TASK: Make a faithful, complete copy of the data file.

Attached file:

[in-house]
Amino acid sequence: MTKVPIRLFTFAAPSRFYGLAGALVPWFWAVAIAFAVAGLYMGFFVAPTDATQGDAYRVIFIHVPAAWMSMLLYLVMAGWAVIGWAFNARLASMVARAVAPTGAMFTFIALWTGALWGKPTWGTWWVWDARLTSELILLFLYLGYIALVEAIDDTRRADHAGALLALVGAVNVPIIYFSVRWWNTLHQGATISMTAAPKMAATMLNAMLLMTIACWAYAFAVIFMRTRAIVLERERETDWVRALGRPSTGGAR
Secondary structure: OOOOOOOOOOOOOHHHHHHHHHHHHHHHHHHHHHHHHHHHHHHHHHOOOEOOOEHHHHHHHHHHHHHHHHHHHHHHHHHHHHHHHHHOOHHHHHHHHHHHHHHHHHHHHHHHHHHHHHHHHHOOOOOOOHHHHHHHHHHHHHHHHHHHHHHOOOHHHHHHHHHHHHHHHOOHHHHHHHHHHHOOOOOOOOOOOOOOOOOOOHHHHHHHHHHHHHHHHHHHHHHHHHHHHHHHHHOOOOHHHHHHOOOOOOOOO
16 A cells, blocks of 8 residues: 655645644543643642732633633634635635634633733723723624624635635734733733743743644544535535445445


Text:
[in-house]
Amino acid sequence: MTKVPIRLFTFAAPSRFYGLAGALVPWFWAVAIAFAVAGLYMGFFVAPTDATQGDAYRVIFIHVPAAWMSMLLYLVMAGWAVIGWAFNARLASMVARAVAPTGAMFTFIALWTGALWGKPTWGTWWVWDARLTSELILLFLYLGYIALVEAIDDTRRADHAGALLALVGAVNVPIIYFSVRWWNTLHQGATISMTAAPKMAATMLNAMLLMTIACWAYAFAVIFMRTRAIVLERERETDWVRALGRPSTGGAR
Secondary structure: OOOOOOOOOOOOOHHHHHHHHHHHHHHHHHHHHHHHHHHHHHHHHHOOOEOOOEHHHHHHHHHHHHHHHHHHHHHHHHHHHHHHHHHOOHHHHHHHHHHHHHHHHHHHHHHHHHHHHHHHHHOOOOOOOHHHHHHHHHHHHHHHHHHHHHHOOOHHHHHHHHHHHHHHHOOHHHHHHHHHHHOOOOOOOOOOOOOOOOOOOHHHHHHHHHHHHHHHHHHHHHHHHHHHHHHHHHOOOOHHHHHHOOOOOOOOO
16 A cells, blocks of 8 residues: 655645644543643642732633633634635635634633733723723624624635635734733733743743644544535535445445